Hull Daily Mail
at the heart of all things local since 1885
Everyday texts are a unique slice of history
Artist has kept every message she has ever been sent
Monday November 21 2011
Tracey Moberly has intrigued the world. "I'm doing three interviews a day," said the South Wales-born artist. "I've spoken to radio stations from China to Pakistan to Australia. "It has gone global." The fascination relates to something most of us will experience regularly - getting a text message.
The difference with Tracey is that has saved every text she's received since 1999, from friends the 47-year-old made at school, to rock stars such as Pete Doherty - who sent the cryptic missive: "Eels slip down a treat." Tracey said: "Everybody sends text messages and everybody saves at least one or two. "It is like the new letter. "The majority of people save letters, but I seem to have been the only person in the world that has done this."
Tracey has written a book about the project, called Text-Me-Up, which she will be talking about at Hull's Museum Of Club Culture on Wednesday.
Part autobiography; part exploration of popular culture, the book charts the past decade or so through the tens of thousands of texts she has recorded.
There are memories of particular days, such as the texts she received during the London rally against the Iraq War, alongside messages from cultural figures such as the graffiti artist Banksy. She said: "It is lovely to be able to look back on your life through other people's words."
The artist began the project in 1999, after accidentally deleting the first text message she had ever received. From then on, she was intrigued - each text was like a "little sugar rush". While the texts were initially written down in a series of journals, in 2005 Tracey discovered a programme that allowed her to download them straight on to her computer.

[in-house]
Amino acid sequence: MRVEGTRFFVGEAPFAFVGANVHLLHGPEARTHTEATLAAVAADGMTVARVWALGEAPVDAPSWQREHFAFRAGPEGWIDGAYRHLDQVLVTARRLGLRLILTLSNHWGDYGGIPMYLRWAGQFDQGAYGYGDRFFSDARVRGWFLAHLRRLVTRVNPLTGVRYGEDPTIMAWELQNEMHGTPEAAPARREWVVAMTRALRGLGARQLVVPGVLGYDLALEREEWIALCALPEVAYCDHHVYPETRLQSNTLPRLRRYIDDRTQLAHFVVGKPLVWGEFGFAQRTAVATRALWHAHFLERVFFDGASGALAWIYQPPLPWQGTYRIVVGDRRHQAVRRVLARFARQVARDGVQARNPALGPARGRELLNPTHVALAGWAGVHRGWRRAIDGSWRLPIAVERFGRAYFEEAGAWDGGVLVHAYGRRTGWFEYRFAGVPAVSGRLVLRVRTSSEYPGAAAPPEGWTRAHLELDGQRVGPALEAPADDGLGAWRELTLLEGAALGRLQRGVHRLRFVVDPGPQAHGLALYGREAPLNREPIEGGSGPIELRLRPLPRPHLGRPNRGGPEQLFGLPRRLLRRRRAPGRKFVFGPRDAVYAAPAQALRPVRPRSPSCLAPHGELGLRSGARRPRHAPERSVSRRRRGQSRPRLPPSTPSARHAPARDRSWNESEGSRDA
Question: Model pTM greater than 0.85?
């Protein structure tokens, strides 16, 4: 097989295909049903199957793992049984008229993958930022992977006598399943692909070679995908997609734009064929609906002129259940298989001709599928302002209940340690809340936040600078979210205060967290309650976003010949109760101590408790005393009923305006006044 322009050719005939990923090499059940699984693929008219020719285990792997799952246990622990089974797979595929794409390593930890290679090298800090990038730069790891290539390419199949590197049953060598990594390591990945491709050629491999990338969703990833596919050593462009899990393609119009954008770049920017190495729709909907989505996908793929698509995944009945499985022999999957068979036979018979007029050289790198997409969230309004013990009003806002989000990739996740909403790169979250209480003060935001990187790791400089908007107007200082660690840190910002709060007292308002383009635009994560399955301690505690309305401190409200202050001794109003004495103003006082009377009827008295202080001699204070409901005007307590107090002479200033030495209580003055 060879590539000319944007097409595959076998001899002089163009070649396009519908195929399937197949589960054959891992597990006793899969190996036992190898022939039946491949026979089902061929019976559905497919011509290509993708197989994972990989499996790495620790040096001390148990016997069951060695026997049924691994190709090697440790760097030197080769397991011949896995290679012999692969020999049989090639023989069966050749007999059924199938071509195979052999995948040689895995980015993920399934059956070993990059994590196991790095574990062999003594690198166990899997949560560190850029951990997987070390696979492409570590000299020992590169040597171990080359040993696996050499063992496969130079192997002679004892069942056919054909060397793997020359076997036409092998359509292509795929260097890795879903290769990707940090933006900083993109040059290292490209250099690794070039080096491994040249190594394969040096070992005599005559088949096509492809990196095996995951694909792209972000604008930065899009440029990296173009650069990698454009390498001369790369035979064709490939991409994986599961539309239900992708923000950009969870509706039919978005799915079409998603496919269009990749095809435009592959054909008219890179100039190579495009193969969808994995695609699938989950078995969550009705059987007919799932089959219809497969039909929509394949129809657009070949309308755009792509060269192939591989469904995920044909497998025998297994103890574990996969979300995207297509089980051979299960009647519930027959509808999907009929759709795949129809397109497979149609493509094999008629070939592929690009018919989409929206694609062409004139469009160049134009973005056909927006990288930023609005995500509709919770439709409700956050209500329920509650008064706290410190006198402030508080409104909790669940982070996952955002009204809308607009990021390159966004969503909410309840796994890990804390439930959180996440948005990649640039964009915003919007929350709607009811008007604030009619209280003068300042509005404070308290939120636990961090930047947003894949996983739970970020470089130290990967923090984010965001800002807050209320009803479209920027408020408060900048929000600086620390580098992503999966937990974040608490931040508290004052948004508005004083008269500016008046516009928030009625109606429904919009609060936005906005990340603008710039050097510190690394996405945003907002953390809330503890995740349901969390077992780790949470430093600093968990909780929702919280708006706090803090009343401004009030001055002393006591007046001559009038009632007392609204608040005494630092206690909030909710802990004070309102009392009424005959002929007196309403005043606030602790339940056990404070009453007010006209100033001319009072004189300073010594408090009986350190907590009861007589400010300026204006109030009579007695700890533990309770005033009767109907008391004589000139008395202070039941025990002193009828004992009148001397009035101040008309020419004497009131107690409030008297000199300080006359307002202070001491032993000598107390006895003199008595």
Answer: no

She held her first exhibition of the texts in 2000 at Manchester's Castlefield Gallery. Since then, texts have been floated off in balloons with a unique number for the discoverers to respond to with their own texts, with a separate project seeing embroidered versions of particularly memorable messages. The project has intrigued academics and Tracey has received invitations from universities to talk about her work. She said: "As nobody else has done this, it is a unique archive. It is a slice of social history."
It has also proved inspirational to other artists - her talk in Hull will be held alongside an exhibition by illustration students from the Hull School Of Art And Design.
For Tracey, there could be a further angle to the project. The night before she spoke to the Mail, she realised her iPhone had stored every voicemail she had received. At the moment though, her focus is on the texts. She said: "It is like one person's DNA in words. "Even if I wanted to, I don't think I could stop, and given the levels of interest it would be silly to."
It is lovely to be able to look back on your life through other peoples words Tracey Moberly
TEXT ADDICT:Tracey Moberly